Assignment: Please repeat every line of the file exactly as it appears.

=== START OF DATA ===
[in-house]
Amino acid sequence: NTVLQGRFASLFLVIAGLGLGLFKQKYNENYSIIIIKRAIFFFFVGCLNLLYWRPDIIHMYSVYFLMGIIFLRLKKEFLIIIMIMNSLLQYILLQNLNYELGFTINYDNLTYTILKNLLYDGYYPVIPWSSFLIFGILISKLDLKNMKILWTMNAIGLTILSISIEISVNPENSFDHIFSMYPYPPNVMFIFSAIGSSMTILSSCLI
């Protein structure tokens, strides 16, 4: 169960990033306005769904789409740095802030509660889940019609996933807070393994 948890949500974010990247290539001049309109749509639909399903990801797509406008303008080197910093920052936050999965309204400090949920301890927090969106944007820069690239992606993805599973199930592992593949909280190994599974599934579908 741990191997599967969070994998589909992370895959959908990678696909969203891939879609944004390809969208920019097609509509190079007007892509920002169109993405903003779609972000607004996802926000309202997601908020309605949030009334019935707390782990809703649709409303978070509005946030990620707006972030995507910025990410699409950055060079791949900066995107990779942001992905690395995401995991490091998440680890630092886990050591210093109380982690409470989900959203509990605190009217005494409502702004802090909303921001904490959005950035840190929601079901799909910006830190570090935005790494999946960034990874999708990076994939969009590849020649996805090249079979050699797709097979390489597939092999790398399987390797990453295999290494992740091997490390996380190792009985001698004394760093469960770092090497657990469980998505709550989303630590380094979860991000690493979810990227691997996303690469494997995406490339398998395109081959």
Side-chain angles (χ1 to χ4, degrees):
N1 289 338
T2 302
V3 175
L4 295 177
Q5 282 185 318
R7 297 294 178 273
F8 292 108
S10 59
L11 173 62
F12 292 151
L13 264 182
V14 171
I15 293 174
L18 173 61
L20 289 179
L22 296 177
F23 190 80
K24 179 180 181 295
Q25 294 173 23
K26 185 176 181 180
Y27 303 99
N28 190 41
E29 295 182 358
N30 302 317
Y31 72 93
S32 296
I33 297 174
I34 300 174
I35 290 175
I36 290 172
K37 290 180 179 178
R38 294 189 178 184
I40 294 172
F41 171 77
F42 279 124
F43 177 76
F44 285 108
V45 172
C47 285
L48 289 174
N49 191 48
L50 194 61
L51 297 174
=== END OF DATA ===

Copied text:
[in-house]
Amino acid sequence: NTVLQGRFASLFLVIAGLGLGLFKQKYNENYSIIIIKRAIFFFFVGCLNLLYWRPDIIHMYSVYFLMGIIFLRLKKEFLIIIMIMNSLLQYILLQNLNYELGFTINYDNLTYTILKNLLYDGYYPVIPWSSFLIFGILISKLDLKNMKILWTMNAIGLTILSISIEISVNPENSFDHIFSMYPYPPNVMFIFSAIGSSMTILSSCLI
């Protein structure tokens, strides 16, 4: 169960990033306005769904789409740095802030509660889940019609996933807070393994 948890949500974010990247290539001049309109749509639909399903990801797509406008303008080197910093920052936050999965309204400090949920301890927090969106944007820069690239992606993805599973199930592992593949909280190994599974599934579908 741990191997599967969070994998589909992370895959959908990678696909969203891939879609944004390809969208920019097609509509190079007007892509920002169109993405903003779609972000607004996802926000309202997601908020309605949030009334019935707390782990809703649709409303978070509005946030990620707006972030995507910025990410699409950055060079791949900066995107990779942001992905690395995401995991490091998440680890630092886990050591210093109380982690409470989900959203509990605190009217005494409502702004802090909303921001904490959005950035840190929601079901799909910006830190570090935005790494999946960034990874999708990076994939969009590849020649996805090249079979050699797709097979390489597939092999790398399987390797990453295999290494992740091997490390996380190792009985001698004394760093469960770092090497657990469980998505709550989303630590380094979860991000690493979810990227691997996303690469494997995406490339398998395109081959």
Side-chain angles (χ1 to χ4, degrees):
N1 289 338
T2 302
V3 175
L4 295 177
Q5 282 185 318
R7 297 294 178 273
F8 292 108
S10 59
L11 173 62
F12 292 151
L13 264 182
V14 171
I15 293 174
L18 173 61
L20 289 179
L22 296 177
F23 190 80
K24 179 180 181 295
Q25 294 173 23
K26 185 176 181 180
Y27 303 99
N28 190 41
E29 295 182 358
N30 302 317
Y31 72 93
S32 296
I33 297 174
I34 300 174
I35 290 175
I36 290 172
K37 290 180 179 178
R38 294 189 178 184
I40 294 172
F41 171 77
F42 279 124
F43 177 76
F44 285 108
V45 172
C47 285
L48 289 174
N49 191 48
L50 194 61
L51 297 174